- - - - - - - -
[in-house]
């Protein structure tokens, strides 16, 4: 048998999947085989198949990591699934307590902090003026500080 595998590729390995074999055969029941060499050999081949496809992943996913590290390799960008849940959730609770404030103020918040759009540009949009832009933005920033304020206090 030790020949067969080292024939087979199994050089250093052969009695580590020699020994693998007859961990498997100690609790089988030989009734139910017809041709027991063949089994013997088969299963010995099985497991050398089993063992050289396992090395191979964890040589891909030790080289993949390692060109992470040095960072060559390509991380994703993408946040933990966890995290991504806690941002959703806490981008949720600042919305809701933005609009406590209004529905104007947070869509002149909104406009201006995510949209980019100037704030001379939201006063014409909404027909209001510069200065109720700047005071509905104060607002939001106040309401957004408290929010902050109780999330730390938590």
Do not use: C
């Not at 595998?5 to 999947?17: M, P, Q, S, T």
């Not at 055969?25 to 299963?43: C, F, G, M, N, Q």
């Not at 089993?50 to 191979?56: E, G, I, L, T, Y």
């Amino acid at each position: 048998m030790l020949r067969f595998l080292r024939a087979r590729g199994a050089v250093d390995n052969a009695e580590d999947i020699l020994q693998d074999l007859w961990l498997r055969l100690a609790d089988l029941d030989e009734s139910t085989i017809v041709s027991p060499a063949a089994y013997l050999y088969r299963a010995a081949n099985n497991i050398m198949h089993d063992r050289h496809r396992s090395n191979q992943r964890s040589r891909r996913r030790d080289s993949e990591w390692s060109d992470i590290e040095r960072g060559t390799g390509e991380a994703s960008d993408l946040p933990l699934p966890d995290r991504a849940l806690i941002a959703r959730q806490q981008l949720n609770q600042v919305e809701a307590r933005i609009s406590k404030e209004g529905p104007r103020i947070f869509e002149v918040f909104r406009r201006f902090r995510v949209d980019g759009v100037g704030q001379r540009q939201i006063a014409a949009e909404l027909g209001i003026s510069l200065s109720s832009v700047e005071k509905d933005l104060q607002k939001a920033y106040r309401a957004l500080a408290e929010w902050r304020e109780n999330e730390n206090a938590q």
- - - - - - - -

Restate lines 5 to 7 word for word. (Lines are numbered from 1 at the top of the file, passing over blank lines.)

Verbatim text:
């Not at 055969?25 to 299963?43: C, F, G, M, N, Q």
């Not at 089993?50 to 191979?56: E, G, I, L, T, Y």
């Amino acid at each position: 048998m030790l020949r067969f595998l080292r024939a087979r590729g199994a050089v250093d390995n052969a009695e580590d999947i020699l020994q693998d074999l007859w961990l498997r055969l100690a609790d089988l029941d030989e009734s139910t085989i017809v041709s027991p060499a063949a089994y013997l050999y088969r299963a010995a081949n099985n497991i050398m198949h089993d063992r050289h496809r396992s090395n191979q992943r964890s040589r891909r996913r030790d080289s993949e990591w390692s060109d992470i590290e040095r960072g060559t390799g390509e991380a994703s960008d993408l946040p933990l699934p966890d995290r991504a849940l806690i941002a959703r959730q806490q981008l949720n609770q600042v919305e809701a307590r933005i609009s406590k404030e209004g529905p104007r103020i947070f869509e002149v918040f909104r406009r201006f902090r995510v949209d980019g759009v100037g704030q001379r540009q939201i006063a014409a949009e909404l027909g209001i003026s510069l200065s109720s832009v700047e005071k509905d933005l104060q607002k939001a920033y106040r309401a957004l500080a408290e929010w902050r304020e109780n999330e730390n206090a938590q």